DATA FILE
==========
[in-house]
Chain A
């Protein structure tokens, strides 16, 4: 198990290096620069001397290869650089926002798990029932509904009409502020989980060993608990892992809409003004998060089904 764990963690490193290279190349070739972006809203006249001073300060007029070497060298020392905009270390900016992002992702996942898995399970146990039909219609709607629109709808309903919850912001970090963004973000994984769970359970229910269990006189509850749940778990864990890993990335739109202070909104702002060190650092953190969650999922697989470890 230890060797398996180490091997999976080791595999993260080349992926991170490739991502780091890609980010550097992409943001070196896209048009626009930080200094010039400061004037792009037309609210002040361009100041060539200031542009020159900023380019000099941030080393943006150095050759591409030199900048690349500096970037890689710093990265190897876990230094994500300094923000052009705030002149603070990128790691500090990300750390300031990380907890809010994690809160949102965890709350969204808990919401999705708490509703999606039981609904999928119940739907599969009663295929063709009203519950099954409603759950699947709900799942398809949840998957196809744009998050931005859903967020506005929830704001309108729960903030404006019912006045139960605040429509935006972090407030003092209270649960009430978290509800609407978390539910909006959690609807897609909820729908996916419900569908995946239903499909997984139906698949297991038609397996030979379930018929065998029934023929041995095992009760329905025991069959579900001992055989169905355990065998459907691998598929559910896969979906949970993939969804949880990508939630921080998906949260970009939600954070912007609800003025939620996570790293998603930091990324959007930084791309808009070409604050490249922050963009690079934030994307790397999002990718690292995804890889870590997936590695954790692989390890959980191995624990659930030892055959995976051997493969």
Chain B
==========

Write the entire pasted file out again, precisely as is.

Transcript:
[in-house]
Chain A
């Protein structure tokens, strides 16, 4: 198990290096620069001397290869650089926002798990029932509904009409502020989980060993608990892992809409003004998060089904 764990963690490193290279190349070739972006809203006249001073300060007029070497060298020392905009270390900016992002992702996942898995399970146990039909219609709607629109709808309903919850912001970090963004973000994984769970359970229910269990006189509850749940778990864990890993990335739109202070909104702002060190650092953190969650999922697989470890 230890060797398996180490091997999976080791595999993260080349992926991170490739991502780091890609980010550097992409943001070196896209048009626009930080200094010039400061004037792009037309609210002040361009100041060539200031542009020159900023380019000099941030080393943006150095050759591409030199900048690349500096970037890689710093990265190897876990230094994500300094923000052009705030002149603070990128790691500090990300750390300031990380907890809010994690809160949102965890709350969204808990919401999705708490509703999606039981609904999928119940739907599969009663295929063709009203519950099954409603759950699947709900799942398809949840998957196809744009998050931005859903967020506005929830704001309108729960903030404006019912006045139960605040429509935006972090407030003092209270649960009430978290509800609407978390539910909006959690609807897609909820729908996916419900569908995946239903499909997984139906698949297991038609397996030979379930018929065998029934023929041995095992009760329905025991069959579900001992055989169905355990065998459907691998598929559910896969979906949970993939969804949880990508939630921080998906949260970009939600954070912007609800003025939620996570790293998603930091990324959007930084791309808009070409604050490249922050963009690079934030994307790397999002990718690292995804890889870590997936590695954790692989390890959980191995624990659930030892055959995976051997493969």
Chain B